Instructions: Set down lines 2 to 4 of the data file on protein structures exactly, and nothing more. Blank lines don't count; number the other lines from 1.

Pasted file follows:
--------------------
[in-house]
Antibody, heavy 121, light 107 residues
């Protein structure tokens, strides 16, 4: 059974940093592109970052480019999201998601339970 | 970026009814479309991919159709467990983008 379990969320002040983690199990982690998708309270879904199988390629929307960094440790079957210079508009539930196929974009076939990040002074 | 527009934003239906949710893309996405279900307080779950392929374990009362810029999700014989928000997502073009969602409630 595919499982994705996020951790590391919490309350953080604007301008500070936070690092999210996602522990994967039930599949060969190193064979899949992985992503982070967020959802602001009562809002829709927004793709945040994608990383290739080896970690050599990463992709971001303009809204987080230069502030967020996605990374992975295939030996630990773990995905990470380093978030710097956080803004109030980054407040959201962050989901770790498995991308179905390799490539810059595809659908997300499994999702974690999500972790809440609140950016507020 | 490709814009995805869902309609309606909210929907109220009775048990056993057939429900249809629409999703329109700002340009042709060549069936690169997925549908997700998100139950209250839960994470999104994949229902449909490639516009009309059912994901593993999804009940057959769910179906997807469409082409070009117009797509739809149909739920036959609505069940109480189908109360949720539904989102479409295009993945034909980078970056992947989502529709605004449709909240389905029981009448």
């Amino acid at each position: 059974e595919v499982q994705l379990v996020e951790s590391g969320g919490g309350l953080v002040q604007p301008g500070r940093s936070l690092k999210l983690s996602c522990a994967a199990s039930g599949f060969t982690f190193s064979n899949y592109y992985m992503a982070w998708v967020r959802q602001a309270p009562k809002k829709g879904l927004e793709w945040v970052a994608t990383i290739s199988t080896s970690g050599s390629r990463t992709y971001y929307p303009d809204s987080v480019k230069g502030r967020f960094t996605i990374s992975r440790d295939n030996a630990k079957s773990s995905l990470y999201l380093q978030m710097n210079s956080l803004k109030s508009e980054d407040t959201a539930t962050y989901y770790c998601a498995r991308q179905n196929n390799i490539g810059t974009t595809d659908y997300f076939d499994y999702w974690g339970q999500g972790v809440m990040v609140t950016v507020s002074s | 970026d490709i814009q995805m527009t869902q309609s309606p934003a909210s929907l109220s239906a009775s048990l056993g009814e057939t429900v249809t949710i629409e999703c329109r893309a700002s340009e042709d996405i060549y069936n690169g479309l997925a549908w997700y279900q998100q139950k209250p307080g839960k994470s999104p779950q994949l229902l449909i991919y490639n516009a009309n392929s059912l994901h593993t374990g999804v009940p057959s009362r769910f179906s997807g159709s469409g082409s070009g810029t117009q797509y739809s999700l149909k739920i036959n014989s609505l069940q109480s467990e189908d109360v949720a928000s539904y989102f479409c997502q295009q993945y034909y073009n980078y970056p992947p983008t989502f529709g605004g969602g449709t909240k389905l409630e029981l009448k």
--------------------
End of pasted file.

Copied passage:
Antibody, heavy 121, light 107 residues
């Protein structure tokens, strides 16, 4: 059974940093592109970052480019999201998601339970 | 970026009814479309991919159709467990983008 379990969320002040983690199990982690998708309270879904199988390629929307960094440790079957210079508009539930196929974009076939990040002074 | 527009934003239906949710893309996405279900307080779950392929374990009362810029999700014989928000997502073009969602409630 595919499982994705996020951790590391919490309350953080604007301008500070936070690092999210996602522990994967039930599949060969190193064979899949992985992503982070967020959802602001009562809002829709927004793709945040994608990383290739080896970690050599990463992709971001303009809204987080230069502030967020996605990374992975295939030996630990773990995905990470380093978030710097956080803004109030980054407040959201962050989901770790498995991308179905390799490539810059595809659908997300499994999702974690999500972790809440609140950016507020 | 490709814009995805869902309609309606909210929907109220009775048990056993057939429900249809629409999703329109700002340009042709060549069936690169997925549908997700998100139950209250839960994470999104994949229902449909490639516009009309059912994901593993999804009940057959769910179906997807469409082409070009117009797509739809149909739920036959609505069940109480189908109360949720539904989102479409295009993945034909980078970056992947989502529709605004449709909240389905029981009448």
């Amino acid at each position: 059974e595919v499982q994705l379990v996020e951790s590391g969320g919490g309350l953080v002040q604007p301008g500070r940093s936070l690092k999210l983690s996602c522990a994967a199990s039930g599949f060969t982690f190193s064979n899949y592109y992985m992503a982070w998708v967020r959802q602001a309270p009562k809002k829709g879904l927004e793709w945040v970052a994608t990383i290739s199988t080896s970690g050599s390629r990463t992709y971001y929307p303009d809204s987080v480019k230069g502030r967020f960094t996605i990374s992975r440790d295939n030996a630990k079957s773990s995905l990470y999201l380093q978030m710097n210079s956080l803004k109030s508009e980054d407040t959201a539930t962050y989901y770790c998601a498995r991308q179905n196929n390799i490539g810059t974009t595809d659908y997300f076939d499994y999702w974690g339970q999500g972790v809440m990040v609140t950016v507020s002074s | 970026d490709i814009q995805m527009t869902q309609s309606p934003a909210s929907l109220s239906a009775s048990l056993g009814e057939t429900v249809t949710i629409e999703c329109r893309a700002s340009e042709d996405i060549y069936n690169g479309l997925a549908w997700y279900q998100q139950k209250p307080g839960k994470s999104p779950q994949l229902l449909i991919y490639n516009a009309n392929s059912l994901h593993t374990g999804v009940p057959s009362r769910f179906s997807g159709s469409g082409s070009g810029t117009q797509y739809s999700l149909k739920i036959n014989s609505l069940q109480s467990e189908d109360v949720a928000s539904y989102f479409c997502q295009q993945y034909y073009n980078y970056p992947p983008t989502f529709g605004g969602g449709t909240k389905l409630e029981l009448k």